EU reflects on the passing of Associate Professor Thomas Lipinski

Category:  News
Wednesday, September 12th, 2018 at 5:29 PM

A native of Pittsburgh, Assistant Professor Thomas Lipinski was a part of the Edinboro University community for nearly two decades before his death on Sept. 6. Lipinski was 63 years old.

Beginning his time at Edinboro in 2000, Lipinski was first hired as a full-time, temporary instructor. In 2001, he was given a tenure-track position, earning full tenure in 2006. Between 2011 and 2014, Lipinski was the department chair for the university’s English and philosophy programs. 

Teaching freshman composition, creative writing, screenwriting and advanced screenwriting, Lipinski was “well-liked by students” and a “beloved” member of the campus community, wrote Interim President Michael Hannan in an email last week. 

“Tom was an honest and direct person who approached life and all its challenges fearlessly, with determination and humor,” Dr. Mary Pannicia Carden said of her late colleague. “There was nothing false or pretentious about him.”

Lipinski, who was described by Dr. Jeffery Bartone as “a gregarious person with a big booming laugh,” was a published author whose works focused on crime and detective fiction. Often, his work was set in his hometown. 

“Lipinski was a ‘Pittsburgher’ through and through,” said Professor John Repp. “He embodied many of the virtues of that city’s working-class history and sensibility: blunt honesty, hard-won humor, instinctive generosity of spirit, a deep sense of fair play, unwavering loyalty to those worthy of it, and utter disdain for pretension.”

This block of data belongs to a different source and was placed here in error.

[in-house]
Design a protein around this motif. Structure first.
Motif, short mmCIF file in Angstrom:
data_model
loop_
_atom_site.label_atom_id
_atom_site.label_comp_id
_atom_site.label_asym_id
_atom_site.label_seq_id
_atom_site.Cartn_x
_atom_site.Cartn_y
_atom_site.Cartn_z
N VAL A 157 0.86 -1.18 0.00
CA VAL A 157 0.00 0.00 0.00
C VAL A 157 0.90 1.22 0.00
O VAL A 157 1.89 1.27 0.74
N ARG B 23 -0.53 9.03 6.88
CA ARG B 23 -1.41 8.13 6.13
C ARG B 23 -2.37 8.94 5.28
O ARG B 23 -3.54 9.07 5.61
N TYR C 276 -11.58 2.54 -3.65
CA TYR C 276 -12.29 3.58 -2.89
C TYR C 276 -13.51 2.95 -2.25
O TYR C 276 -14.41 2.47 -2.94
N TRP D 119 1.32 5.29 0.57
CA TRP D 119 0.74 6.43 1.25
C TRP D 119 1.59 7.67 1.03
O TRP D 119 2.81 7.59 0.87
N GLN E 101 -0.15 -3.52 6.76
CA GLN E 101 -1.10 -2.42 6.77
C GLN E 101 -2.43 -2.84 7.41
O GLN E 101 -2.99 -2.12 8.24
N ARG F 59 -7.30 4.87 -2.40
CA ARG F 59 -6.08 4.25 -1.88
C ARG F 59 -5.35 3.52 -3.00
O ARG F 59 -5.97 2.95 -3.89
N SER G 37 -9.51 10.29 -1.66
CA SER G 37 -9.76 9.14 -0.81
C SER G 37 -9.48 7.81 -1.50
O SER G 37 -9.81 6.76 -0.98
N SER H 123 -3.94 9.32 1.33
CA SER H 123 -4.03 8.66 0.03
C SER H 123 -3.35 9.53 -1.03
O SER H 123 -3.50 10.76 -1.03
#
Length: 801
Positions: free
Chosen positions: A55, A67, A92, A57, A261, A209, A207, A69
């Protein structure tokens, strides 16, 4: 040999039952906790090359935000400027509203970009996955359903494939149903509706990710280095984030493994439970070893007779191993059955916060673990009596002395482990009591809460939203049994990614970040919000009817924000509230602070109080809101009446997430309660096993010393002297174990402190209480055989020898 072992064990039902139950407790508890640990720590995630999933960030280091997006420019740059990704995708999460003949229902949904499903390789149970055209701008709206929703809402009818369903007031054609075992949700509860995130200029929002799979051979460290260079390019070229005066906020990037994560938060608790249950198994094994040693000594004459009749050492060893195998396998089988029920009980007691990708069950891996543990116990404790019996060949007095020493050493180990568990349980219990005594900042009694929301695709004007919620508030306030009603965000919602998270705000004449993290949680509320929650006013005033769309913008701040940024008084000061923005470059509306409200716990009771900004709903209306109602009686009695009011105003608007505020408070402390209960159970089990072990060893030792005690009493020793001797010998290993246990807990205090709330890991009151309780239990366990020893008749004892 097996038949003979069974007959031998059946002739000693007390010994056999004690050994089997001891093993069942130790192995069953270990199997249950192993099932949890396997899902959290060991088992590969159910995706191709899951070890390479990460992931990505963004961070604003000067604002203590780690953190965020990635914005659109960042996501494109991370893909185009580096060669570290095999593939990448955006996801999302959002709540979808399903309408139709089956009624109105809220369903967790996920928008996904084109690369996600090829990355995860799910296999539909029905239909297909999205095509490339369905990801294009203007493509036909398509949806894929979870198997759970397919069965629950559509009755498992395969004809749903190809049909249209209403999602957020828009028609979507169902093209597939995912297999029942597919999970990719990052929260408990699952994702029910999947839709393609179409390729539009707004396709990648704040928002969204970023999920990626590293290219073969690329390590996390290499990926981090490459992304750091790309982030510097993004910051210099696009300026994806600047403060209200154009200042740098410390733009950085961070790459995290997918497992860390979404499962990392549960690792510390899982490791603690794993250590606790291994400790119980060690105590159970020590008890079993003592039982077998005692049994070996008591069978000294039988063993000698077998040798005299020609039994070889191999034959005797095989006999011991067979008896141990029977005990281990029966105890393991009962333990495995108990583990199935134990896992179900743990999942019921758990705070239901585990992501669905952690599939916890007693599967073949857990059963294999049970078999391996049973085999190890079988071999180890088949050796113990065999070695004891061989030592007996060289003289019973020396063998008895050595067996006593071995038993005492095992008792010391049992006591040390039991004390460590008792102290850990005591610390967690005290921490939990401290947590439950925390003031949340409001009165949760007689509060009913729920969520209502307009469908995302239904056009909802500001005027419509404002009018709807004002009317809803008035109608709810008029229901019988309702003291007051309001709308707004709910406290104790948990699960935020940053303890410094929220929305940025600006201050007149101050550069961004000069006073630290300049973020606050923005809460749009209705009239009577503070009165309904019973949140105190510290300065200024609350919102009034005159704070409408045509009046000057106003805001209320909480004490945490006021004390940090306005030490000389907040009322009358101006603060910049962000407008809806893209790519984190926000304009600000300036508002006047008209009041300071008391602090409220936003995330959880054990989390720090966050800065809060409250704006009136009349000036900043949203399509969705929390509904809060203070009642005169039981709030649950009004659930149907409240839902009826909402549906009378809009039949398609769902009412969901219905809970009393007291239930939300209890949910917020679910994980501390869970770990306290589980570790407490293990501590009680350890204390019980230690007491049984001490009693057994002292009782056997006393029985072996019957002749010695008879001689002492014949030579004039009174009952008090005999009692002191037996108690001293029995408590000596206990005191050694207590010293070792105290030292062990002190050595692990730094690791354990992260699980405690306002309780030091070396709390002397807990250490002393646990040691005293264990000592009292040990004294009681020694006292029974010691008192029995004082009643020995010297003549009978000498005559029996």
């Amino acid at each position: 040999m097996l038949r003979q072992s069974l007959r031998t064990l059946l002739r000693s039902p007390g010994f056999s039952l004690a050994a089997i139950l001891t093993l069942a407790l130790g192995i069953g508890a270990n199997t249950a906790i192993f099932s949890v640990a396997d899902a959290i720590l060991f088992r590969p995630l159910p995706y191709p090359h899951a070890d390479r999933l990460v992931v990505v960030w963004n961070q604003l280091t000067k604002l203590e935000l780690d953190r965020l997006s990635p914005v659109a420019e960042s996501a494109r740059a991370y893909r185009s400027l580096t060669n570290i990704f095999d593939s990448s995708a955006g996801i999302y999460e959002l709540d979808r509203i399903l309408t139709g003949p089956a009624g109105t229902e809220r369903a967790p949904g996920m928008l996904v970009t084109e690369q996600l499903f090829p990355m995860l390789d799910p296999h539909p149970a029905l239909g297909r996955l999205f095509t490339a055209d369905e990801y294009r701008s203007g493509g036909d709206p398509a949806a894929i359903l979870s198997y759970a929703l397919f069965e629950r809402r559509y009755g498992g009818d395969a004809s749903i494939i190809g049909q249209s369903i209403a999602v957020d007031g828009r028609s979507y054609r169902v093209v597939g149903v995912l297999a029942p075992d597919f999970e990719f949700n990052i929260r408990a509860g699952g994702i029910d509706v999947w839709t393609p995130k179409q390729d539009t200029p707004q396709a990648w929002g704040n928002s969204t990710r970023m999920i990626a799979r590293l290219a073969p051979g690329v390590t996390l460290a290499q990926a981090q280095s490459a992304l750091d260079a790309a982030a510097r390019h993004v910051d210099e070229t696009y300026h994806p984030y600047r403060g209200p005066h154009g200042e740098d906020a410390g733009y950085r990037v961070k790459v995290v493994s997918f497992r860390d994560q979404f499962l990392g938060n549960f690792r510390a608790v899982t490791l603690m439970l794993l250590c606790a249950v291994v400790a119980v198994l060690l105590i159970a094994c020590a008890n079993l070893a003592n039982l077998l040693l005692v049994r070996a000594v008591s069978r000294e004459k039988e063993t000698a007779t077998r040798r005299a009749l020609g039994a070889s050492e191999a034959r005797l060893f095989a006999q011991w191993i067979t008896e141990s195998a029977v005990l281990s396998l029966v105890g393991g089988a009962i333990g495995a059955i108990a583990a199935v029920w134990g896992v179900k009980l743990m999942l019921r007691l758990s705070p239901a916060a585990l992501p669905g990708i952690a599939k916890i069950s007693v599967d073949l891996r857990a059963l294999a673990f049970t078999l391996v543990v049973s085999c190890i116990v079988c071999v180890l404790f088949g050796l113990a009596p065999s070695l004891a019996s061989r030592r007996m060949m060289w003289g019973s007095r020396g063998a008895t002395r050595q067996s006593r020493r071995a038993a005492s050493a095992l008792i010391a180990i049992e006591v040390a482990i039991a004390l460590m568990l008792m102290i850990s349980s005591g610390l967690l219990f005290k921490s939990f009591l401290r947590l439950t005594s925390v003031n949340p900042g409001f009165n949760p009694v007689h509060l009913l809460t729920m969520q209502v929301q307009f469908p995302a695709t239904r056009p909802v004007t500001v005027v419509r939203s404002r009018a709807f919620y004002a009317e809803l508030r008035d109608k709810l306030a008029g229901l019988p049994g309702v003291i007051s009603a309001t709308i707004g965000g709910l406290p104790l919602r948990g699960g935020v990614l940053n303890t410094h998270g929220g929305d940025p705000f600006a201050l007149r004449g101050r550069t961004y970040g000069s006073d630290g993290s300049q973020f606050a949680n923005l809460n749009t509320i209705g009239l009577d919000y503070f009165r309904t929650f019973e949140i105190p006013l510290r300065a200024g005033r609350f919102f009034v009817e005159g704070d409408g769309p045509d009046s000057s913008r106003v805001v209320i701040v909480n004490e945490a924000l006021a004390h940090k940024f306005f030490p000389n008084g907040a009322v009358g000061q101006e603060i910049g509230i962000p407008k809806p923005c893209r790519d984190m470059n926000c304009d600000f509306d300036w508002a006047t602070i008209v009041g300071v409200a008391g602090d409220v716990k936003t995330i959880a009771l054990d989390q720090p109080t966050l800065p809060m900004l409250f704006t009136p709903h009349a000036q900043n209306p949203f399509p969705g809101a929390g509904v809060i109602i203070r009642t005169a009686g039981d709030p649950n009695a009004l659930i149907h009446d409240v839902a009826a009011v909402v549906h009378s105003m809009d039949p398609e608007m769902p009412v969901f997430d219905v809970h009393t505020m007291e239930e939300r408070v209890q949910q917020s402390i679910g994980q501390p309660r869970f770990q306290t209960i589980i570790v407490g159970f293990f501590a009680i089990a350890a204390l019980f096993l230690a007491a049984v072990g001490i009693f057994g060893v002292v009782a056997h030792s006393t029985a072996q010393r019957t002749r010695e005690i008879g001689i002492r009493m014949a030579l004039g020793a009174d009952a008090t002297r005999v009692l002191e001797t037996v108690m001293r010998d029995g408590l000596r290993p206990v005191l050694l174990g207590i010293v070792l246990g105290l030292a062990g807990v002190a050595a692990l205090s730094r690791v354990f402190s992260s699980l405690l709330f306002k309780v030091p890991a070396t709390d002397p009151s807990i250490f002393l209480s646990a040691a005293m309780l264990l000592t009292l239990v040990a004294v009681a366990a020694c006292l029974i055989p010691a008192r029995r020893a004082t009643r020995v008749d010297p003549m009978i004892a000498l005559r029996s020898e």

“His gift for storytelling translated easily into his detective novels,” Robert Hass, an Edinboro professor, whose office was next to Lipinski, said. In both his personal and professional work, Hass said Lipinski was “refreshingly candid and genuine.”

His work “Death in the Steel City” won the Shamus Award, “an award given by the Private Eye Writers of America (PWA) for best detective fiction genre novels and short stories of the year,” Hannan wrote. 

“One of the things I appreciated most about Tom was that he had one foot in academia and the other one in the workaday world,” Dr. Roger Solberg said, reflecting on Lipinski’s life and work. “His experience with the grittier side of life not only informed the novels he wrote,” Solberg continued, “but it gave him a no-nonsense approach to his role as department chair.”

Repp, who worked with Lipinski for eight years, spoke kindly on his friend’s morality and integrity after news of his death.

“I many times witnessed him doing right when it was hard to do right and when most other people would have given up doing right,” Repp said. “Like all of us, he had his flaws, but unlike far too many of us, you never had to guess what those were, and he never tried to escape their consequences. He’s on the short list of people I’d want alongside me in the proverbial dark alley.”

The J. Bradley McGonigle Funeral Home and Crematory in Sharon, Pennsylvania made arrangements for his funeral, which was hosted on Tuesday, Sept. 11.

Hannah McDonald can be reached at edinboro.spectator@gmail.com

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